Are war toys more acceptable now?
As a shopper, I reluctantly admit, at the big-chain toy stores, I have noticed more camouflage-clad action figures on the shelves. Many come equipped with the latest military weapons.
Perhaps such military-style toys have always been there, but it seems - and I don't think this is my imagination - that they've been given more prominent shelf space since the war with Iraq.
As the parent of a 6-year-old boy, I have avoided buying toy guns and military-themed action figures such as G.I. Joe. Both made me uncomfortable, as a mom who had absorbed the message that little boys who play with war toys can become more aggressive.
But as Americans rallied behind the troops in Iraq, many toy retailers pulled out their flags and dusted off the toy soldiers. The stigma attached to war toys, laid down by years of chiding by child-development experts, looked as if it might be dissipating.
But not if you talk to parents or look at the bestselling toys.
One mom of two boys, ages 5 and 7, from East Lansing, Mich., says she is even more adamant than in the past that her sons not play with war-themed toys.
"Frankly," she writes in an e-mail, "I found it disturbing and downright creepy that the local toy stores put up big displays of G.I. Joe and other such toys after the war broke out, as if it were just another seasonal sales promotion."
Despite newspaper front pages and TV news broadcasts full of images of soldiers, there doesn't appear to be a corresponding increase in sales of war-themed toys. In fact, no military toy even cracked the top 20 from March to May, the latest period for which figures are available, according to a spokeswoman at NPD Group, a tracking service. Meanwhile, sales of G.I. Joe increased by 46 percent from 2001 to 2002. But Hasbro, the company that makes the doll, says it's too early to connect sales with events such as Sept. 11, the war on terrorism, or the Iraq war.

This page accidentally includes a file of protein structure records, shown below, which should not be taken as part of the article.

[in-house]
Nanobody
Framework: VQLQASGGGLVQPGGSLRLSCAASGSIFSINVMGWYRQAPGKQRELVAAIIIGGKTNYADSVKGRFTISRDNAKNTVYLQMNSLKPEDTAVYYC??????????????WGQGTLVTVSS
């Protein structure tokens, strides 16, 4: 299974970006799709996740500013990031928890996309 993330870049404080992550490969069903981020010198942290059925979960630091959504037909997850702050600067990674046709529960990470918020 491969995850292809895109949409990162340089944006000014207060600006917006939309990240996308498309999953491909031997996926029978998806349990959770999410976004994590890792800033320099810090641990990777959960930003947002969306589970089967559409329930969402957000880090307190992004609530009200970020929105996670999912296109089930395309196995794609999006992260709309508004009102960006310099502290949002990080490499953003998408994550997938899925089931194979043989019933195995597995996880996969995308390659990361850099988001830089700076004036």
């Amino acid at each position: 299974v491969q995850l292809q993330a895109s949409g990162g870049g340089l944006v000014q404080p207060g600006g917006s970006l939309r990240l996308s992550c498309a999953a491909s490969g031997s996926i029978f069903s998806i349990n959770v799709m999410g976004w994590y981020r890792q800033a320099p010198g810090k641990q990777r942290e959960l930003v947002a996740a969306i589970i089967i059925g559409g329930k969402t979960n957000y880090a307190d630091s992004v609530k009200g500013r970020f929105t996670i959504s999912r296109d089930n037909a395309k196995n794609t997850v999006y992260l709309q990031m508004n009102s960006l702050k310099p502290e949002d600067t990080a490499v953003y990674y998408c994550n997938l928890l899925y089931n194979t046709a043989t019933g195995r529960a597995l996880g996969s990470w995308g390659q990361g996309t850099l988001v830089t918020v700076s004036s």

And yet, even if parents try to avoid the assault of war toys at their local Toys 'R' Us, the dilemma persists. Does it work to forbid kids from acting out battles?
One mother in the Boston area says she won't buy toy guns or war action figures because she in no way wants "to send a message to my kids that war is acceptable or desired," she says. "It could be necessary and sometimes justified, but those discussions are reserved for when the kids can better understand."
Child-development experts say older kids are better at sorting out fact from fantasy, but they disagree about the age at which kids can hold two contradictory ideas at once: That guns are dangerous, yet needed by soldiers to do their job.
If a child sees wartime footage on TV, or acts out a battle scene from a movie or TV show, how does a parent react?
George Scarlett, an assistant professor of child development at Tufts University in Medford, Mass., doesn't buy the argument that all war play is bad for kids. "At one extreme is undeveloped war play in which children use statements like 'I'm shooting you!' and give little attention to creating stories and fantasy worlds," he says.
At the other extreme is highly developed war play in which children develop characters, solve problems, and evolve whole fantasy worlds. "The evidence shows [that] real aggression is associated with undeveloped war play, but the opposite is true of highly developed war play."
The message here, Scarlett says, "is to support war play's development, rather than discourage it just because the theme is war."
Today, in the wake of events such as the terrorist attacks, some child experts go so far as to say that war play is necessary, allowing kids to work out their fears and anger constructively.
Many parents find all this conflicting advice exhausting.
And kids can get around the no-gun rule: They simply use a stick, a Popsicle, or a banana as their weapon. Depriving them of the prop doesn't stop their desire to playact war, especially if they see guns as a source of power.
As I think about my son, whose play is more generic "good guys versus bad guys," I don't see the aggression carry over into his play with other children. And his questions about the conflict in Iraq reveal a naiveté that I treasure: He thinks the soldiers are fighting mostly with swords. This isn't surprising, because his knowledge of combat is limited to historic battles and pirate movies.
I'm still not crazy about military-themed toys, nor do I want to sound like a gung-ho war supporter, but I've concluded that such play probably won't make my son more aggressive.
After all, boys have played with war toys for generations and most have grown up into peace-loving, well-adjusted men.